Friday, December 14, 2012

Separating out different color wavelengths to better understand target distribution

The nuance multispectral imaging system from PerkinElmer is pretty cool. Basically it's just a camera with some spectral filters that sits on top of your microscope, and some smart software that can make sense of the captured image. The system lets you isolate the color signal of specific stains, filter out the noise that comes from autofluorescence, figure out which cells have taken up which stain, and impartially calculate the strength of the staining response. Best of all it can use some wavelength addition and subtraction calculations to highlight areas that have taken up more than one stain. 

In a recent study conducted in our CLIA certified lab, we used this system to show co-localization of a particular protein and the mRNA transcript from which that protein was translated. The 4 images below are of the same region of a human prostate section. IHC was used to stain a smooth muscle cytoskeletal protein called "smoothelin". ISH was then used to stain the same material so that we can see the mRNA transcripts from which the protein was translated.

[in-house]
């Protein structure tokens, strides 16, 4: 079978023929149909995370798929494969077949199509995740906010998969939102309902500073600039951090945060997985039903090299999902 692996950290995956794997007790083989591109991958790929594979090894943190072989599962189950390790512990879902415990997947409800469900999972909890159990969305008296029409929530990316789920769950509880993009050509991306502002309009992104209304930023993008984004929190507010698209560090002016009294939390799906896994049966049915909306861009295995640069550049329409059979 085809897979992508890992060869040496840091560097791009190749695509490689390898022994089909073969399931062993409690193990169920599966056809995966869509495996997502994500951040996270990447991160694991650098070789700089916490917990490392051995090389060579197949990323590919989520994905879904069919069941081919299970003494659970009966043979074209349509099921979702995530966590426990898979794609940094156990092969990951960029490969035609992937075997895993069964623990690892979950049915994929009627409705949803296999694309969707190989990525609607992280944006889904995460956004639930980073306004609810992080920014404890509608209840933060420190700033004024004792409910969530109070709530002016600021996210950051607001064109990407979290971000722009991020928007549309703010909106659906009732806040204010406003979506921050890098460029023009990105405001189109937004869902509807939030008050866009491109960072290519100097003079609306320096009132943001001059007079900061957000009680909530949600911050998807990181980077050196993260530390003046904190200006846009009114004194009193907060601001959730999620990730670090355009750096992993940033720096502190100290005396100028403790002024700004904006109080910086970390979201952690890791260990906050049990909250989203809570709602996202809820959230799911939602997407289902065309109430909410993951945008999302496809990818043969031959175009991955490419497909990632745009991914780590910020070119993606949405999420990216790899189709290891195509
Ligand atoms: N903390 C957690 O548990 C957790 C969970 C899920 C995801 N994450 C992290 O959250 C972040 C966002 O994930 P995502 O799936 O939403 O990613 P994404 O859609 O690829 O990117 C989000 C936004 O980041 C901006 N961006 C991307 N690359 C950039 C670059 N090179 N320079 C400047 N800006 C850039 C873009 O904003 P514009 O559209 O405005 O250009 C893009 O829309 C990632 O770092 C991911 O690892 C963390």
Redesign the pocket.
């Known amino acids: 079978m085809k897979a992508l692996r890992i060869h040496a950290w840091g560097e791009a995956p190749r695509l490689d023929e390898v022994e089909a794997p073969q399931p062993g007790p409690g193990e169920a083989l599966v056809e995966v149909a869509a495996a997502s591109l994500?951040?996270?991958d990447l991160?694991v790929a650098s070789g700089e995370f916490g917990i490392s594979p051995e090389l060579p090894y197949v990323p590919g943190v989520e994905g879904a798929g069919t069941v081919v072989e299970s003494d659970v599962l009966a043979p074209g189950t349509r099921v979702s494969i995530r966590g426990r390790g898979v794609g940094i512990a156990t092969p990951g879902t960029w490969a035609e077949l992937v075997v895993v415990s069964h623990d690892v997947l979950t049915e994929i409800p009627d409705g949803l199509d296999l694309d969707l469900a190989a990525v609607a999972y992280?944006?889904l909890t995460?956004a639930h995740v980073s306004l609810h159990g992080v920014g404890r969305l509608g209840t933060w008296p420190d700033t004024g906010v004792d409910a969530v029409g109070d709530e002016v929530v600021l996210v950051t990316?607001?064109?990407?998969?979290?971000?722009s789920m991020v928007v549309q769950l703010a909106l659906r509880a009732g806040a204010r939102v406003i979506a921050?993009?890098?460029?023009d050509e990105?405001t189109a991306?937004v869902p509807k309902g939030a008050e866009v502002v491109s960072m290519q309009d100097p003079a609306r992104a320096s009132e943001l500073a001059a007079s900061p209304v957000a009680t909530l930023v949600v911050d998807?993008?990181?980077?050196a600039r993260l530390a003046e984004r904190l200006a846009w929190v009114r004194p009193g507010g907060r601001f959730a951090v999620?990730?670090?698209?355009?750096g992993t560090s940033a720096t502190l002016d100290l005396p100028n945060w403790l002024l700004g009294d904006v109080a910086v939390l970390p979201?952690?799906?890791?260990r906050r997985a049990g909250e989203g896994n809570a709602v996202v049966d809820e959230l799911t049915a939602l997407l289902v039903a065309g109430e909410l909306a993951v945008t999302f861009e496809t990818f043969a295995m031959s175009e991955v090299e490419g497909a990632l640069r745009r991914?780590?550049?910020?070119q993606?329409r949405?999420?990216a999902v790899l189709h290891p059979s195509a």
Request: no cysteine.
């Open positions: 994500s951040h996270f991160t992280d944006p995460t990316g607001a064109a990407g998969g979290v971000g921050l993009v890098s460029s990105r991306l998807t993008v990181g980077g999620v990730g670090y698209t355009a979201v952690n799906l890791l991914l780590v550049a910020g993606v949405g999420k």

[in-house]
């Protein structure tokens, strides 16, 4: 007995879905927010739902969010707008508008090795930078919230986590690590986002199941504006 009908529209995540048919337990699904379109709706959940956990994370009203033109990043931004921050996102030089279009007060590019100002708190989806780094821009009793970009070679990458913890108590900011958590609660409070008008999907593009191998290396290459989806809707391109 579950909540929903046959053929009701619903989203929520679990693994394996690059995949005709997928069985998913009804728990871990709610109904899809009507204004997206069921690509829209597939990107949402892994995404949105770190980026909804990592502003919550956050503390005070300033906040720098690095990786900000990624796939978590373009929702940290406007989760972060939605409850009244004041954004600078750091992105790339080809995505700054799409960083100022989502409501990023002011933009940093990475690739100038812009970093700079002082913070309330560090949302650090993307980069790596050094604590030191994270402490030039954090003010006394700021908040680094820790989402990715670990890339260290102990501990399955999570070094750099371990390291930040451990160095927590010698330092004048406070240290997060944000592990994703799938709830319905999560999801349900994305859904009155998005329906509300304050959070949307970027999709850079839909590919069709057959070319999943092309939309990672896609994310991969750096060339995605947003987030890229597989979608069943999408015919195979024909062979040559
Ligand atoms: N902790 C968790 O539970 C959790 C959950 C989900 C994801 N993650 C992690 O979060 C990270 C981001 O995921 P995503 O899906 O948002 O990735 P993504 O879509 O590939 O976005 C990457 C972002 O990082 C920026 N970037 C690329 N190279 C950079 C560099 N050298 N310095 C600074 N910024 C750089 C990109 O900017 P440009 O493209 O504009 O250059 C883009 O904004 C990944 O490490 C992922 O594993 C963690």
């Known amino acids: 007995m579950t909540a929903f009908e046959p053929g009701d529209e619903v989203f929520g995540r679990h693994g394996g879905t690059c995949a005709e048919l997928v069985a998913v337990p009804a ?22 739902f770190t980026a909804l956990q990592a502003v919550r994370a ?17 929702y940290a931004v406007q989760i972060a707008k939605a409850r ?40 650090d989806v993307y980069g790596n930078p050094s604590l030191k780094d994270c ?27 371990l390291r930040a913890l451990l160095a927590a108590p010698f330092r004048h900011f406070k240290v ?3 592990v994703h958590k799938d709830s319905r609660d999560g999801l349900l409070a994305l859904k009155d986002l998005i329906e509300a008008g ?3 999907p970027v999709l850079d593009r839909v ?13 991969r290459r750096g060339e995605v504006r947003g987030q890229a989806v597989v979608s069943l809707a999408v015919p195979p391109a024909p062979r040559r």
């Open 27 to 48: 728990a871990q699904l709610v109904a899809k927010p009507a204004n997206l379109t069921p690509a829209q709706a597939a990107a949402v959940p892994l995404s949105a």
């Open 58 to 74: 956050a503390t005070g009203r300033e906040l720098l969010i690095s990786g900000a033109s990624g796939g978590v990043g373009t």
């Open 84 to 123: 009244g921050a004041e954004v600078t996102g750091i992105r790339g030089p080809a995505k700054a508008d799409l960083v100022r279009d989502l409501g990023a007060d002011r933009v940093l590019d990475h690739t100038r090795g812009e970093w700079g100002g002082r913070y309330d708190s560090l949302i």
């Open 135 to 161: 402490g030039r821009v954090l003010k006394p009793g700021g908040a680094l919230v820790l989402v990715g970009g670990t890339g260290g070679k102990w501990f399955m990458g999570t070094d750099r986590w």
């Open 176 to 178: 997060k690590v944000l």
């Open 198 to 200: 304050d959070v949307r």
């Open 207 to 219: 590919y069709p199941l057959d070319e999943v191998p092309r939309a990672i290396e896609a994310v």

The first image shows the presence of antibody stained protein as brown, the blue stain is the mRNA. Note the localization of the mRNA signal to the stroma (long arrow) and the lack of signal in the epithelia (short arrow). In the first image (brightfield microscopy), it's sort of hard to see if the brown and the blue stains are really tightly co-localized.

In the next pair of images, fluorescence microscopy is used to separately show the smoothelin protein (green) and the mRNA transcript (blue).

Finally, in the last image, the nuance system helps us to see BOTH types of staining simultaneously, with the dual stained regions shown as yellow. This makes the co-expression much easier to see. For more information on the Nuance system here.

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